3. Tap into your purpose (5 minutes)
Just like physical exercise, practicing purpose is good for the body and mind. Individuals with a strong sense of purpose tend to live longer, have healthier hearts, and are more psychologically resilient.
And just like physical trainers often remind people they don’t need to already be in shape to start working out, I’d like to remind you that you don’t need to have a profound sense of your life’s meaning to start practicing purpose. Though it may feel like a lofty concept, living with purpose doesn’t require big, Instagram-worthy actions, nor is it only accessible to those of us with a dream job that feels like a calling. Purpose can be felt in the simpler moments, which, when woven together, create a meaningful tapestry of a life worth living. Here's a simple way to start:
Similar to the way one might approach a gratitude list, take five minutes to jot down at least a few moments in your week that stood out (e.g., a positive conversation with a colleague or observing a beautiful sunset). You may find yourself with many more than you would have guessed.
4. Lift another human (5+ minutes)
I have such appreciation for the workout classes that require no special equipment, and instead, leverage our own body weight or common household objects like books or canned tomatoes.
What’s great about this mental move is that it doesn’t require another human to be in your home, it can be done from afar. Literally lifting another human could strengthen our biceps, but metaphorically lifting another human is a power move for the body (volunteering is associated with longevity and heart health) and mind. A neurological cousin of the “runner’s high,” doing something kind can lead to a “helper’s high”—what we feel upon the release of feel-good brain chemicals such as dopamine, serotonin, and endorphins.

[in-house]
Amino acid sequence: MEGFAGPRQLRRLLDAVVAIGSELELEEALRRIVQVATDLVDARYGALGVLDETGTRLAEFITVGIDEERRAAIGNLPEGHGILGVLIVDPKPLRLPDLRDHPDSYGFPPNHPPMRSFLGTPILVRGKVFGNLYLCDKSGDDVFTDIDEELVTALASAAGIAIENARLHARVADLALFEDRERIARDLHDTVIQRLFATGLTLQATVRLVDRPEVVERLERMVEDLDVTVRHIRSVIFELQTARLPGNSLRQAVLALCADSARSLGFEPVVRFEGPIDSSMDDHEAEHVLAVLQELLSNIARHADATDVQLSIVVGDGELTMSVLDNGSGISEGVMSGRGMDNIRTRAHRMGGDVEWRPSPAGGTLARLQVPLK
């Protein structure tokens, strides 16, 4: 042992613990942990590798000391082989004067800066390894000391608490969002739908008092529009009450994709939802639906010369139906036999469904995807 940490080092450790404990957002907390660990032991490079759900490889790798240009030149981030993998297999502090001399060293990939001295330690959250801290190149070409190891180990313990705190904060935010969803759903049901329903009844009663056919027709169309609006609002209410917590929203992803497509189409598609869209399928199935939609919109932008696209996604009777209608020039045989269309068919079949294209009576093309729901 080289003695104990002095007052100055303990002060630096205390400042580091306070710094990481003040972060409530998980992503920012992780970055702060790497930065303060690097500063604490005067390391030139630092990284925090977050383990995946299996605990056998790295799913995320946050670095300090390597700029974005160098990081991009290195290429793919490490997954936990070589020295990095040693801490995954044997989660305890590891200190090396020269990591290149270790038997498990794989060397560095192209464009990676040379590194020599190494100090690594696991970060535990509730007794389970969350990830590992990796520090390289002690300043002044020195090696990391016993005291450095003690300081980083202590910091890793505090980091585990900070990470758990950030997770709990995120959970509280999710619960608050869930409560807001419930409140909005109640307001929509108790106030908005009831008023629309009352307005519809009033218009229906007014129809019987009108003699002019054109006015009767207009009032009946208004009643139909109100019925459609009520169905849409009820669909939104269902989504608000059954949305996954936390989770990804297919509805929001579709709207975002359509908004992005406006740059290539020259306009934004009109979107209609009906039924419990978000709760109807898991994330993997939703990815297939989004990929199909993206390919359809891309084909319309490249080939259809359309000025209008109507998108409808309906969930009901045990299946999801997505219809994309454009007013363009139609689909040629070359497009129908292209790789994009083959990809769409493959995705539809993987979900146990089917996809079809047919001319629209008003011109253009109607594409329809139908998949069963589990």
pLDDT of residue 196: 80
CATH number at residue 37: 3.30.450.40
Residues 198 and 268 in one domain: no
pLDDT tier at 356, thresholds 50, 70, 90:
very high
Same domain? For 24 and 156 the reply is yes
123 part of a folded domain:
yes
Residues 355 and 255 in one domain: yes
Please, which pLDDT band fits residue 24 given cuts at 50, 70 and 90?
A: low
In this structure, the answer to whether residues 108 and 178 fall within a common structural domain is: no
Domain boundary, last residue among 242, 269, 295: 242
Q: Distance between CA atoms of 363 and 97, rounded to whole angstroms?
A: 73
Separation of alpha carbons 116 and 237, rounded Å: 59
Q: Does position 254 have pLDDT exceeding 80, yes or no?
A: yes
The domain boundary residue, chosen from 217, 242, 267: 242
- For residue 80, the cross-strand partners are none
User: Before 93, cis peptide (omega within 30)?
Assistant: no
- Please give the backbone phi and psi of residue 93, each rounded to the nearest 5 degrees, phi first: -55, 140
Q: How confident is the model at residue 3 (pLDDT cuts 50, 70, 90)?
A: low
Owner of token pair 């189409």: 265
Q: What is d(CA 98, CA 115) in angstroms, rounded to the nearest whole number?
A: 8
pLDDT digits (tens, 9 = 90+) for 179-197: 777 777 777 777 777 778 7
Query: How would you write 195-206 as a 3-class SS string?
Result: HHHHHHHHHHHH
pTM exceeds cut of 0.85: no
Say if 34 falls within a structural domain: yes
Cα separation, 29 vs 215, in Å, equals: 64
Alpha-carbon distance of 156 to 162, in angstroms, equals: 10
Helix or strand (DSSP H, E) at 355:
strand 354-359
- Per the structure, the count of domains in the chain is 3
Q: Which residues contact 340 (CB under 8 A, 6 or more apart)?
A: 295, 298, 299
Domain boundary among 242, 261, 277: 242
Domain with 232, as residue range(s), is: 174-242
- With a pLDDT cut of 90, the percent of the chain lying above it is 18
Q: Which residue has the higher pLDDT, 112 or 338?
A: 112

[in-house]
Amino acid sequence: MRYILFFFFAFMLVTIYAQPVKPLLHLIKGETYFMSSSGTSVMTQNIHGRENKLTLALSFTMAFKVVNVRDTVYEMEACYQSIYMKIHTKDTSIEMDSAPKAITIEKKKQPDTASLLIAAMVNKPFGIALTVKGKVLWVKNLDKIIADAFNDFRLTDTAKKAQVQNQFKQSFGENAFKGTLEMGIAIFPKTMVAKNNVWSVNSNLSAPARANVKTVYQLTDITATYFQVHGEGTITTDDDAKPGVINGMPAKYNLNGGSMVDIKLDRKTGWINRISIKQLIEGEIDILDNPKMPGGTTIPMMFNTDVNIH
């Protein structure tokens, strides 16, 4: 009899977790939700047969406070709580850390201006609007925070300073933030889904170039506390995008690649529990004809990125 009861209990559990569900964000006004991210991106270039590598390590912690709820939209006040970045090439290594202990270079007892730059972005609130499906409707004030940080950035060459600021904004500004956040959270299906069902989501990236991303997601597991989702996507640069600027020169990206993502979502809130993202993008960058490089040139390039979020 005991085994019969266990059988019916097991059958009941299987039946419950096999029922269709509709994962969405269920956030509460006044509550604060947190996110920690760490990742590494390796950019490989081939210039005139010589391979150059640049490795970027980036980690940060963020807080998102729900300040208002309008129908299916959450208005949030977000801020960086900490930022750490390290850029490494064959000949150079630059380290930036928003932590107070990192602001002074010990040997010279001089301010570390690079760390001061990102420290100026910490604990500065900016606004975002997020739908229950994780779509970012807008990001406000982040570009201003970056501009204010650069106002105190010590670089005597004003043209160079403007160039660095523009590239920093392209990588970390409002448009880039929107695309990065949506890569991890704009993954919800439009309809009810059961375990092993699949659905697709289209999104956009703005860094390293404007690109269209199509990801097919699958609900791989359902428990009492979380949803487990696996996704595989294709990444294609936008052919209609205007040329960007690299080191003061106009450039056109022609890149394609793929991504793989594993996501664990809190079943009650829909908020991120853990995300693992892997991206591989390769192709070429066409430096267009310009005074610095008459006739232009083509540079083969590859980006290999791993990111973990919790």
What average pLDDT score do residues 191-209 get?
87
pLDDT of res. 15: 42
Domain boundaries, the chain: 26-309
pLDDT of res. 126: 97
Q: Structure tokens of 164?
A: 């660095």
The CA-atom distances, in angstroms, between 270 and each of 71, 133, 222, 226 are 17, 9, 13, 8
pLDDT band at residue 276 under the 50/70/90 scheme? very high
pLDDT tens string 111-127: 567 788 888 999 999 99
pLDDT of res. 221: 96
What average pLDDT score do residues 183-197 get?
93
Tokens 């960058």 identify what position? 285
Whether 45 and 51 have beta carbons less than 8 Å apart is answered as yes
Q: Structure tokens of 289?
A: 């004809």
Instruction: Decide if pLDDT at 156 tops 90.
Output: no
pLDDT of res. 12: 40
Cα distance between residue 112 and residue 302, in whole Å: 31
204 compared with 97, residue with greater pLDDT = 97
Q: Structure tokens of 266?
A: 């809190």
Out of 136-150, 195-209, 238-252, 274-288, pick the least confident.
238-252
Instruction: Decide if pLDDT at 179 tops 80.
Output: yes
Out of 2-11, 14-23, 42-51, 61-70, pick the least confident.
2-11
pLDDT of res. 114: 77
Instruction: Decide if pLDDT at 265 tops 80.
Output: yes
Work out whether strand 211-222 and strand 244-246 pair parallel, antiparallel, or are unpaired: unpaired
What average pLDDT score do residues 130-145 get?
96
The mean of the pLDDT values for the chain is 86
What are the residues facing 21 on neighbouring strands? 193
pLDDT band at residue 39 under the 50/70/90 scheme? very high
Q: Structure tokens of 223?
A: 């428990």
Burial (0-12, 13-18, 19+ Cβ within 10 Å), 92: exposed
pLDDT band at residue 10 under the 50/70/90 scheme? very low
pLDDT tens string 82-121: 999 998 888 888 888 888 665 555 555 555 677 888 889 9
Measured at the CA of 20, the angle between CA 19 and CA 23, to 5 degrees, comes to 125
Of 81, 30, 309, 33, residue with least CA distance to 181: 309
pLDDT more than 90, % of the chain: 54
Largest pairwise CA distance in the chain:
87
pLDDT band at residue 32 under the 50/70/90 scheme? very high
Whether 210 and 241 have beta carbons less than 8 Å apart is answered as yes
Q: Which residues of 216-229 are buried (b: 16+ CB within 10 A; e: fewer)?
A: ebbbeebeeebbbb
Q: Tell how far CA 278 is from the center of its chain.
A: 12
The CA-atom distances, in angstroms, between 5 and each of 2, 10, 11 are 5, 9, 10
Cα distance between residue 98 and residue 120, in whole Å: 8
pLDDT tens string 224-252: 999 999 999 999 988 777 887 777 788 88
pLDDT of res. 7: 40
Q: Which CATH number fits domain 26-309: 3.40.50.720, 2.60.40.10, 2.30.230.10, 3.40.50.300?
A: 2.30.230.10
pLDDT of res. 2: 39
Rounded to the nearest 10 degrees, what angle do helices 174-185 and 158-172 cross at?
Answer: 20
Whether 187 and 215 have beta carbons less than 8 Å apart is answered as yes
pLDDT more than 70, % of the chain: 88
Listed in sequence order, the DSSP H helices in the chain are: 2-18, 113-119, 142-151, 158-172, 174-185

Here’s one way to start:
Set a timer for two minutes. Brainstorm a list of simple ways you can help someone. At the end of the two minutes, circle one to three of the ideas that feel most doable and meaningful, and make a plan to do them this week. These could be as easy as sending a nice text to a friend, writing a LinkedIn testimonial, or offering to grab a few groceries for someone when you’re out anyway.
5. Build your home practice (10+ minutes)
Practicing mental fitness, just like physical fitness, is most effective when it’s done regularly. And success depends on having plans and habits in place. So as the final move in this special no-equipment, get-ready-for-summer workout, I recommend taking 10 minutes to reflect on your well-being non-negotiables. Try to keep this list down to practices that can be done in less than 30 minutes per day. Mine is this: 10 minutes of meditation, 20 minutes of any kind of physical exercise. I may choose to do more than this, but after decades of knowing myself, this is really the minimum dose of mental hygiene I need to live the life I want. There’s power in knowing your minimum daily dose.
I hope you enjoy these workout moves. And never miss the most important one: Don’t forget to breathe.